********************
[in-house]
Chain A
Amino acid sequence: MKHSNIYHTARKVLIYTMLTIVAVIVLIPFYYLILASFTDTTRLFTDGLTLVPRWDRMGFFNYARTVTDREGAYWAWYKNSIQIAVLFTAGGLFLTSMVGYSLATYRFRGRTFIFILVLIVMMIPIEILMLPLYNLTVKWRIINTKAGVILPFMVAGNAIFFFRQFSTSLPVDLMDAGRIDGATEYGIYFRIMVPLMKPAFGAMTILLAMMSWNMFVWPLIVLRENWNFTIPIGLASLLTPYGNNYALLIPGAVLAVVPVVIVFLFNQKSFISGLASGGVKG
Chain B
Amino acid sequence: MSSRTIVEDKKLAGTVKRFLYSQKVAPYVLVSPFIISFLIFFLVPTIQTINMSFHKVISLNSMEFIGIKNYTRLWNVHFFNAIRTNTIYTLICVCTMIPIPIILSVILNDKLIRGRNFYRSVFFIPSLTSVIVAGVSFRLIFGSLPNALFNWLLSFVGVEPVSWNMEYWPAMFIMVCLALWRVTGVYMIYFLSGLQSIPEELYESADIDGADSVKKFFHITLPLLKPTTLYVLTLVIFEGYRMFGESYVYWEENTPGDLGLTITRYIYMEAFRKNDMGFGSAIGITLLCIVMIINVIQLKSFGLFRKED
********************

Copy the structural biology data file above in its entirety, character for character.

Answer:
[in-house]
Chain A
Amino acid sequence: MKHSNIYHTARKVLIYTMLTIVAVIVLIPFYYLILASFTDTTRLFTDGLTLVPRWDRMGFFNYARTVTDREGAYWAWYKNSIQIAVLFTAGGLFLTSMVGYSLATYRFRGRTFIFILVLIVMMIPIEILMLPLYNLTVKWRIINTKAGVILPFMVAGNAIFFFRQFSTSLPVDLMDAGRIDGATEYGIYFRIMVPLMKPAFGAMTILLAMMSWNMFVWPLIVLRENWNFTIPIGLASLLTPYGNNYALLIPGAVLAVVPVVIVFLFNQKSFISGLASGGVKG
Chain B
Amino acid sequence: MSSRTIVEDKKLAGTVKRFLYSQKVAPYVLVSPFIISFLIFFLVPTIQTINMSFHKVISLNSMEFIGIKNYTRLWNVHFFNAIRTNTIYTLICVCTMIPIPIILSVILNDKLIRGRNFYRSVFFIPSLTSVIVAGVSFRLIFGSLPNALFNWLLSFVGVEPVSWNMEYWPAMFIMVCLALWRVTGVYMIYFLSGLQSIPEELYESADIDGADSVKKFFHITLPLLKPTTLYVLTLVIFEGYRMFGESYVYWEENTPGDLGLTITRYIYMEAFRKNDMGFGSAIGITLLCIVMIINVIQLKSFGLFRKED